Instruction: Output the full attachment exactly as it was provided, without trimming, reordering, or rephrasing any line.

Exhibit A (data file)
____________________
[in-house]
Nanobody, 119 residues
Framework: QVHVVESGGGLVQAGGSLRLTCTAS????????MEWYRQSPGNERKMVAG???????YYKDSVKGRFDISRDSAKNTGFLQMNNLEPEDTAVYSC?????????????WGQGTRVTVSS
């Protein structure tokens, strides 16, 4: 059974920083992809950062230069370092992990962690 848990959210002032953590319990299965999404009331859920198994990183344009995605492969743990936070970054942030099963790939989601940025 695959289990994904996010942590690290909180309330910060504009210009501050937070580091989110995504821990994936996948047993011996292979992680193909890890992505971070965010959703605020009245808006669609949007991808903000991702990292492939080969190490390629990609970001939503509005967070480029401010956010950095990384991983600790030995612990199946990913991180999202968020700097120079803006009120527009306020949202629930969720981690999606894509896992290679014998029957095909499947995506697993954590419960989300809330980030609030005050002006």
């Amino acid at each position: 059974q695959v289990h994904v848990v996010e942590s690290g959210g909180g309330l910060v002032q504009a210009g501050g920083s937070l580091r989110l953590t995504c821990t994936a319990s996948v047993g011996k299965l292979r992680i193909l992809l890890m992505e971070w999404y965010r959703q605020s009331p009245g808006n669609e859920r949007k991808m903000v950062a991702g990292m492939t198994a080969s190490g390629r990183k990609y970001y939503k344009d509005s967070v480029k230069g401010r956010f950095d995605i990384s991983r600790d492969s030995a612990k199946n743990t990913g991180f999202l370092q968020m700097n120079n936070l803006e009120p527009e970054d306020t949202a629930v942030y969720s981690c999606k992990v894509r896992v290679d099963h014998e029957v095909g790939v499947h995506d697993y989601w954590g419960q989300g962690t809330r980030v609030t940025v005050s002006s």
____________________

[in-house]
Nanobody, 119 residues
Framework: QVHVVESGGGLVQAGGSLRLTCTAS????????MEWYRQSPGNERKMVAG???????YYKDSVKGRFDISRDSAKNTGFLQMNNLEPEDTAVYSC?????????????WGQGTRVTVSS
């Protein structure tokens, strides 16, 4: 059974920083992809950062230069370092992990962690 848990959210002032953590319990299965999404009331859920198994990183344009995605492969743990936070970054942030099963790939989601940025 695959289990994904996010942590690290909180309330910060504009210009501050937070580091989110995504821990994936996948047993011996292979992680193909890890992505971070965010959703605020009245808006669609949007991808903000991702990292492939080969190490390629990609970001939503509005967070480029401010956010950095990384991983600790030995612990199946990913991180999202968020700097120079803006009120527009306020949202629930969720981690999606894509896992290679014998029957095909499947995506697993954590419960989300809330980030609030005050002006």
């Amino acid at each position: 059974q695959v289990h994904v848990v996010e942590s690290g959210g909180g309330l910060v002032q504009a210009g501050g920083s937070l580091r989110l953590t995504c821990t994936a319990s996948v047993g011996k299965l292979r992680i193909l992809l890890m992505e971070w999404y965010r959703q605020s009331p009245g808006n669609e859920r949007k991808m903000v950062a991702g990292m492939t198994a080969s190490g390629r990183k990609y970001y939503k344009d509005s967070v480029k230069g401010r956010f950095d995605i990384s991983r600790d492969s030995a612990k199946n743990t990913g991180f999202l370092q968020m700097n120079n936070l803006e009120p527009e970054d306020t949202a629930v942030y969720s981690c999606k992990v894509r896992v290679d099963h014998e029957v095909g790939v499947h995506d697993y989601w954590g419960q989300g962690t809330r980030v609030t940025v005050s002006s």